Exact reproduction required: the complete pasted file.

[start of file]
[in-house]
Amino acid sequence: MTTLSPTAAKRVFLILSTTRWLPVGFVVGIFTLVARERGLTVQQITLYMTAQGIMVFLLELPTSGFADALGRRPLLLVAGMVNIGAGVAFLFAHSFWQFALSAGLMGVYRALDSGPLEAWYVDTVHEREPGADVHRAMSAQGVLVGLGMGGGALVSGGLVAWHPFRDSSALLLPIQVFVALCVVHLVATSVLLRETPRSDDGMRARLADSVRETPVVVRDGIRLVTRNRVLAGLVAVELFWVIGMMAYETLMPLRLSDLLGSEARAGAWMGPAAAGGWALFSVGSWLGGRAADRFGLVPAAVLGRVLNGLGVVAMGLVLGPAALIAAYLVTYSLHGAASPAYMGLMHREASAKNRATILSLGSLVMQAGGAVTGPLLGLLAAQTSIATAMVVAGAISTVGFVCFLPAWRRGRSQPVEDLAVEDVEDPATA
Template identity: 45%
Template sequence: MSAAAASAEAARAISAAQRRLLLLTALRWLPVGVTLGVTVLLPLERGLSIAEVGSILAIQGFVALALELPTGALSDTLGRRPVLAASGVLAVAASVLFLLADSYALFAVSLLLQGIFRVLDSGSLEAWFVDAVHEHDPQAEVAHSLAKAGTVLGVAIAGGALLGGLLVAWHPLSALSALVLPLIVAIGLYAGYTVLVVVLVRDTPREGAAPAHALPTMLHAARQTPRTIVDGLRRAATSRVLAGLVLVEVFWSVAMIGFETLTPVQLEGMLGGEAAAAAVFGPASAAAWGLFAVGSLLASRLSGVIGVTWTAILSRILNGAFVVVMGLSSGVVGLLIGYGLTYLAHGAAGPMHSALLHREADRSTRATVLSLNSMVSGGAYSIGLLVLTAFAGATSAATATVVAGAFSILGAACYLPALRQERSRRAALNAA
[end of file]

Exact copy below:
[in-house]
Amino acid sequence: MTTLSPTAAKRVFLILSTTRWLPVGFVVGIFTLVARERGLTVQQITLYMTAQGIMVFLLELPTSGFADALGRRPLLLVAGMVNIGAGVAFLFAHSFWQFALSAGLMGVYRALDSGPLEAWYVDTVHEREPGADVHRAMSAQGVLVGLGMGGGALVSGGLVAWHPFRDSSALLLPIQVFVALCVVHLVATSVLLRETPRSDDGMRARLADSVRETPVVVRDGIRLVTRNRVLAGLVAVELFWVIGMMAYETLMPLRLSDLLGSEARAGAWMGPAAAGGWALFSVGSWLGGRAADRFGLVPAAVLGRVLNGLGVVAMGLVLGPAALIAAYLVTYSLHGAASPAYMGLMHREASAKNRATILSLGSLVMQAGGAVTGPLLGLLAAQTSIATAMVVAGAISTVGFVCFLPAWRRGRSQPVEDLAVEDVEDPATA
Template identity: 45%
Template sequence: MSAAAASAEAARAISAAQRRLLLLTALRWLPVGVTLGVTVLLPLERGLSIAEVGSILAIQGFVALALELPTGALSDTLGRRPVLAASGVLAVAASVLFLLADSYALFAVSLLLQGIFRVLDSGSLEAWFVDAVHEHDPQAEVAHSLAKAGTVLGVAIAGGALLGGLLVAWHPLSALSALVLPLIVAIGLYAGYTVLVVVLVRDTPREGAAPAHALPTMLHAARQTPRTIVDGLRRAATSRVLAGLVLVEVFWSVAMIGFETLTPVQLEGMLGGEAAAAAVFGPASAAAWGLFAVGSLLASRLSGVIGVTWTAILSRILNGAFVVVMGLSSGVVGLLIGYGLTYLAHGAAGPMHSALLHREADRSTRATVLSLNSMVSGGAYSIGLLVLTAFAGATSAATATVVAGAFSILGAACYLPALRQERSRRAALNAA